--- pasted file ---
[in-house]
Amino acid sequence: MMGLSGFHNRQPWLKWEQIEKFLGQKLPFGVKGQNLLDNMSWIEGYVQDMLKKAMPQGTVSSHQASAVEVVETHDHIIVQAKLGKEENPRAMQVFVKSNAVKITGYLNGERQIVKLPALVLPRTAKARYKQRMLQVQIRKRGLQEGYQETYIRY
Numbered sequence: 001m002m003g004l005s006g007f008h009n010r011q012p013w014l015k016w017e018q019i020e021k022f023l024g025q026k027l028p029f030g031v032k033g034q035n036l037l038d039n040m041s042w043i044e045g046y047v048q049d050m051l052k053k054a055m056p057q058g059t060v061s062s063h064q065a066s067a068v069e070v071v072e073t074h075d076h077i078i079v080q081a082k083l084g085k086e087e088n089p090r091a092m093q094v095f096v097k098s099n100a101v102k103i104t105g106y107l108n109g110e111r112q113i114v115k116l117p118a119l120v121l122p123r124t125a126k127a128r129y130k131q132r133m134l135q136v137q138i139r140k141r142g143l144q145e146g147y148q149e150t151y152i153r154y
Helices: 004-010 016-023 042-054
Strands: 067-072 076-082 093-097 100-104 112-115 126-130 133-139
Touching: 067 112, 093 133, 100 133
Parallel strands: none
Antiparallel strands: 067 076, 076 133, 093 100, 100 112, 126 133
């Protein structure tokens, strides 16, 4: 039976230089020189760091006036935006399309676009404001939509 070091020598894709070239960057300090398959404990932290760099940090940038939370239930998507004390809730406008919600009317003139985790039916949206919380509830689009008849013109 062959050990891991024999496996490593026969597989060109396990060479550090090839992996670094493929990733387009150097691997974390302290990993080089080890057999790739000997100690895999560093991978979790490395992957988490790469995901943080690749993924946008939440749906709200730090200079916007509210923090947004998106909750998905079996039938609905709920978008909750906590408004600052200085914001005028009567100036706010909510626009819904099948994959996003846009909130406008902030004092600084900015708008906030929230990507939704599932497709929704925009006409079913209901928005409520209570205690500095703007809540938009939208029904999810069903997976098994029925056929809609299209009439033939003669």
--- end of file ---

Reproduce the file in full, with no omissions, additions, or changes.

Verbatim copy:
[in-house]
Amino acid sequence: MMGLSGFHNRQPWLKWEQIEKFLGQKLPFGVKGQNLLDNMSWIEGYVQDMLKKAMPQGTVSSHQASAVEVVETHDHIIVQAKLGKEENPRAMQVFVKSNAVKITGYLNGERQIVKLPALVLPRTAKARYKQRMLQVQIRKRGLQEGYQETYIRY
Numbered sequence: 001m002m003g004l005s006g007f008h009n010r011q012p013w014l015k016w017e018q019i020e021k022f023l024g025q026k027l028p029f030g031v032k033g034q035n036l037l038d039n040m041s042w043i044e045g046y047v048q049d050m051l052k053k054a055m056p057q058g059t060v061s062s063h064q065a066s067a068v069e070v071v072e073t074h075d076h077i078i079v080q081a082k083l084g085k086e087e088n089p090r091a092m093q094v095f096v097k098s099n100a101v102k103i104t105g106y107l108n109g110e111r112q113i114v115k116l117p118a119l120v121l122p123r124t125a126k127a128r129y130k131q132r133m134l135q136v137q138i139r140k141r142g143l144q145e146g147y148q149e150t151y152i153r154y
Helices: 004-010 016-023 042-054
Strands: 067-072 076-082 093-097 100-104 112-115 126-130 133-139
Touching: 067 112, 093 133, 100 133
Parallel strands: none
Antiparallel strands: 067 076, 076 133, 093 100, 100 112, 126 133
């Protein structure tokens, strides 16, 4: 039976230089020189760091006036935006399309676009404001939509 070091020598894709070239960057300090398959404990932290760099940090940038939370239930998507004390809730406008919600009317003139985790039916949206919380509830689009008849013109 062959050990891991024999496996490593026969597989060109396990060479550090090839992996670094493929990733387009150097691997974390302290990993080089080890057999790739000997100690895999560093991978979790490395992957988490790469995901943080690749993924946008939440749906709200730090200079916007509210923090947004998106909750998905079996039938609905709920978008909750906590408004600052200085914001005028009567100036706010909510626009819904099948994959996003846009909130406008902030004092600084900015708008906030929230990507939704599932497709929704925009006409079913209901928005409520209570205690500095703007809540938009939208029904999810069903997976098994029925056929809609299209009439033939003669």